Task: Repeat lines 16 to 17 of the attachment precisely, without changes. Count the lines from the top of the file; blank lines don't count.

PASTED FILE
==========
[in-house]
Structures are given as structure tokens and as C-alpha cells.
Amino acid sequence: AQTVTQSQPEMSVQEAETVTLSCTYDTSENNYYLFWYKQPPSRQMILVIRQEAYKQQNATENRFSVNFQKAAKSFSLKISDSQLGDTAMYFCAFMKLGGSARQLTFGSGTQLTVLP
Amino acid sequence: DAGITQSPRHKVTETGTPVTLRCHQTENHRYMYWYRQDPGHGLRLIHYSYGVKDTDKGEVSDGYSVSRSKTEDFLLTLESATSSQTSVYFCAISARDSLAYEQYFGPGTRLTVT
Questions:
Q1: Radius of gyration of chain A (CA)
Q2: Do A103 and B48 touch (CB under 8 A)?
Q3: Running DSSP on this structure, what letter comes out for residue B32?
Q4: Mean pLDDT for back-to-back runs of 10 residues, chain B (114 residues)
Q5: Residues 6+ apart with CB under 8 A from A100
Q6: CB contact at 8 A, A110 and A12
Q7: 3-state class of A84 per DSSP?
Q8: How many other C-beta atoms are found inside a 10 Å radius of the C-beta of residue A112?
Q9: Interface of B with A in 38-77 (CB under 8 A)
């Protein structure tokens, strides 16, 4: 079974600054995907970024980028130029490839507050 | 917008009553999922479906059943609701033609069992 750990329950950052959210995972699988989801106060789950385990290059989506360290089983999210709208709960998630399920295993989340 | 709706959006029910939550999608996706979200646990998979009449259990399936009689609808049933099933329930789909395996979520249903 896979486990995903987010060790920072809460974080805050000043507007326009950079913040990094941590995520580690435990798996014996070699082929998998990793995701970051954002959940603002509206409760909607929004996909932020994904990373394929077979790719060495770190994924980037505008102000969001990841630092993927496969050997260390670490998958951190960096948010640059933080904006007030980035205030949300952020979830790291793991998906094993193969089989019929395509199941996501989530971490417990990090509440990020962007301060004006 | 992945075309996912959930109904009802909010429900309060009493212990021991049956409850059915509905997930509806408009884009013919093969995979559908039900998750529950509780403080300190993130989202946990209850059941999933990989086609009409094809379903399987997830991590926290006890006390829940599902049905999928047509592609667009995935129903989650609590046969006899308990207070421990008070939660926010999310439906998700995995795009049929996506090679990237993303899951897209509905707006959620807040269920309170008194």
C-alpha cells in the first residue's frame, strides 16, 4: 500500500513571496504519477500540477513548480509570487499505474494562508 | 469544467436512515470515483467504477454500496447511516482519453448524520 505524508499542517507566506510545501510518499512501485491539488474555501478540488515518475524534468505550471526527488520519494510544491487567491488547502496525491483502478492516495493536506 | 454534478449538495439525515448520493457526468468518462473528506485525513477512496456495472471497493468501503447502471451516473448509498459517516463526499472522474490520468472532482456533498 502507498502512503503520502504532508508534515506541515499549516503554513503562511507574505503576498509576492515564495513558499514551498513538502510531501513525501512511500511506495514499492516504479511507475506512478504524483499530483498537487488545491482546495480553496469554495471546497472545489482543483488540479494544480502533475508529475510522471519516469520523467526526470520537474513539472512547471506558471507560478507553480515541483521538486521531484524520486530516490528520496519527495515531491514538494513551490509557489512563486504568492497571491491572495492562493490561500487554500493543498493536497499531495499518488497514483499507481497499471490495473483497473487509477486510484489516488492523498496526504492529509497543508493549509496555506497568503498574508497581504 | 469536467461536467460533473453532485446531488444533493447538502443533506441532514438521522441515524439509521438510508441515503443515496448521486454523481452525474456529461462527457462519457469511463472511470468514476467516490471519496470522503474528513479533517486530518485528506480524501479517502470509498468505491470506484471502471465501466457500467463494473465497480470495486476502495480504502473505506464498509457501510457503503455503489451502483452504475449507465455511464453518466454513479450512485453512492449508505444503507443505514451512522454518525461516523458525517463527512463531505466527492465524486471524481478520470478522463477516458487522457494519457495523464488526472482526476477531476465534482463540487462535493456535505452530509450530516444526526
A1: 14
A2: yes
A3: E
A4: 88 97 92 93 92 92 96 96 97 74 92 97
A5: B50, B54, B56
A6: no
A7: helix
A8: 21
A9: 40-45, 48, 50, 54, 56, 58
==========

C-alpha cells in the first residue's frame, strides 16, 4: 500500500513571496504519477500540477513548480509570487499505474494562508 | 469544467436512515470515483467504477454500496447511516482519453448524520 505524508499542517507566506510545501510518499512501485491539488474555501478540488515518475524534468505550471526527488520519494510544491487567491488547502496525491483502478492516495493536506 | 454534478449538495439525515448520493457526468468518462473528506485525513477512496456495472471497493468501503447502471451516473448509498459517516463526499472522474490520468472532482456533498 502507498502512503503520502504532508508534515506541515499549516503554513503562511507574505503576498509576492515564495513558499514551498513538502510531501513525501512511500511506495514499492516504479511507475506512478504524483499530483498537487488545491482546495480553496469554495471546497472545489482543483488540479494544480502533475508529475510522471519516469520523467526526470520537474513539472512547471506558471507560478507553480515541483521538486521531484524520486530516490528520496519527495515531491514538494513551490509557489512563486504568492497571491491572495492562493490561500487554500493543498493536497499531495499518488497514483499507481497499471490495473483497473487509477486510484489516488492523498496526504492529509497543508493549509496555506497568503498574508497581504 | 469536467461536467460533473453532485446531488444533493447538502443533506441532514438521522441515524439509521438510508441515503443515496448521486454523481452525474456529461462527457462519457469511463472511470468514476467516490471519496470522503474528513479533517486530518485528506480524501479517502470509498468505491470506484471502471465501466457500467463494473465497480470495486476502495480504502473505506464498509457501510457503503455503489451502483452504475449507465455511464453518466454513479450512485453512492449508505444503507443505514451512522454518525461516523458525517463527512463531505466527492465524486471524481478520470478522463477516458487522457494519457495523464488526472482526476477531476465534482463540487462535493456535505452530509450530516444526526
A1: 14